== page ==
As the US Gets Closer to Over-the-Counter Hearing Aids, Experts Urge Consumers to See a Hearing Care Professional First

Washington, D.C., March 03, 2022 (GLOBE NEWSWIRE) -- In recognition of World Hearing Day on March 3, the Hearing Industries Association (HIA) is releasing results of a recent survey of 1,000 adults that helps us understand consumer perspectives regarding hearing health.

  • 37% of Americans over age 55 reported having some degree of hearing loss (mild/moderate/severe), making hearing loss one of the most common medical conditions for this age group, after hypertension and arthritis;
  • While 18% of all survey respondents reported having their hearing tested in the past year, the results for adults 55 and older are worrisome. One in five have never had a hearing test and one in four have not had a test in the last decade, despite the high incidence rate;
  • Knowledge about hearing aids for adults 55 and over is low with 75% reporting they know little or nothing about hearing aids;
  • If they need hearing aids, which are medical devices, 12% of adults 55 and older report being comfortable in buying them over-the-counter (OTC) at a pharmacy without consulting a professional; and
  • One in four do not know if their insurance covers hearing aids.

The Food and Drug Administration (FDA) is currently reviewing comments to a proposed rule that will regulate over-the-counter (OTC) hearing aids, available without the assistance of a hearing care professional, to adults 18 years of age and older with mild to moderate hearing loss. The Hearing Industries Association (HIA) fully supports making OTC hearing aids available and believes that easier access may encourage more Americans with mild to moderate hearing loss to address their unique hearing situation. In the US, an estimated 48 million Americans experience some degree of hearing loss, and those who pursue a solution wait 6-7 years on average before doing so, while many never pursue a treatment for their hearing loss.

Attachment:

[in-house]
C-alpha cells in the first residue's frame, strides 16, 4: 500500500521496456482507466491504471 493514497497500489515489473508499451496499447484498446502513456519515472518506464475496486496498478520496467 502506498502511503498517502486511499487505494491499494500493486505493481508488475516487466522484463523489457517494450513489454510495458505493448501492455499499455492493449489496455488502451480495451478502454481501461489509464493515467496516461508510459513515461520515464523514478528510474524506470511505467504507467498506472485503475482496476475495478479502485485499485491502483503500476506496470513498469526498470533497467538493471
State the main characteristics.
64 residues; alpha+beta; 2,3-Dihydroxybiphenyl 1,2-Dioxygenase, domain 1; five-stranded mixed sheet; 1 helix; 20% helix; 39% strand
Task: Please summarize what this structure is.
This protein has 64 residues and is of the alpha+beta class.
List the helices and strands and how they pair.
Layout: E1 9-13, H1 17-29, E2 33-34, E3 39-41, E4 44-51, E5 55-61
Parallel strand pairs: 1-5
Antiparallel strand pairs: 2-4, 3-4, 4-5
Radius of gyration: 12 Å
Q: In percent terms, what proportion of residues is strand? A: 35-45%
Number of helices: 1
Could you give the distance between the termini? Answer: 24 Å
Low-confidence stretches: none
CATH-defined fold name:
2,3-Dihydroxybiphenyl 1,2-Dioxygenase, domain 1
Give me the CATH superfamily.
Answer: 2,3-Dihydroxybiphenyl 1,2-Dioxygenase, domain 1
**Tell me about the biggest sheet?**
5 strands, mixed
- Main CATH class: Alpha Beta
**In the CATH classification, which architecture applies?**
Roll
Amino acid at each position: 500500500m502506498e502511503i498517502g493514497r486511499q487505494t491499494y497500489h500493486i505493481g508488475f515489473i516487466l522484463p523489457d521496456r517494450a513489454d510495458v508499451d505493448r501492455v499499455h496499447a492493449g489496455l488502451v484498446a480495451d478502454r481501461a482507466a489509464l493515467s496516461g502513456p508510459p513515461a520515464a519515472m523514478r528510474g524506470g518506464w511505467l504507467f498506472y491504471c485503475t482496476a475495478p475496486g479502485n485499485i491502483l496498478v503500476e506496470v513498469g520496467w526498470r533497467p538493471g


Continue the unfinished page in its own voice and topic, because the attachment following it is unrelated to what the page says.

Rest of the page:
“If, as expected, hearing aids become available over the counter in the coming months, millions of Americans will have wider access to a vast array of hearing aid brands and technologies,” said Kate Carr, President of the Hearing Industries Association. “This is a major step forward for people with a hearing loss. Our survey shows that the vast majority of adults know little or nothing about hearing aids. This is why we believe individuals should see a hearing care professional first before making a purchase,” added Carr.


A hearing care professional, such as an ear, nose, and throat (ENT) physician, audiologist or hearing aid specialist, can assess hearing loss, determine the cause and best treatment, and guide the individual on how to choose the device that is right for them, if necessary. From identifying the sources of hearing loss, to determining the best way to treat it, to finding a solution that meets the needs of patients, a hearing care professional (HCP) is a patient’s guide to better hearing health.


“The role of an audiologist is to evaluate a person’s hearing loss and to provide the best solution to fit that individual’s unique hearing loss needs,” said Thomas A. Powers, PhD, audiologist, professor and researcher. “They assist in preventing, diagnosing and treating hearing health and balance disorders for people of all ages. Not only that but a hearing care professional can help you understand how to listen safely, which is the focus of this year’s World Hearing Day.”




The Hearing Industries Association (HIA), a forum for hearing aid manufacturers, suppliers, and providers, strongly supports increased access to hearing health solutions and affordability of hearing aids. Through research, technological advancements, and a deep understanding of the importance of hearing health and the role of the hearing health professional, HIA members strive to provide the best hearing loss solutions to fit the unique hearing loss and lifestyle of each individual.


For more information, visit, or follow HIA on Facebook @betterhearingHIA and Twitter @better_hearing.  


*Results from an n=1,000 online survey of the general American public conducted December 8 to 13, 2021.


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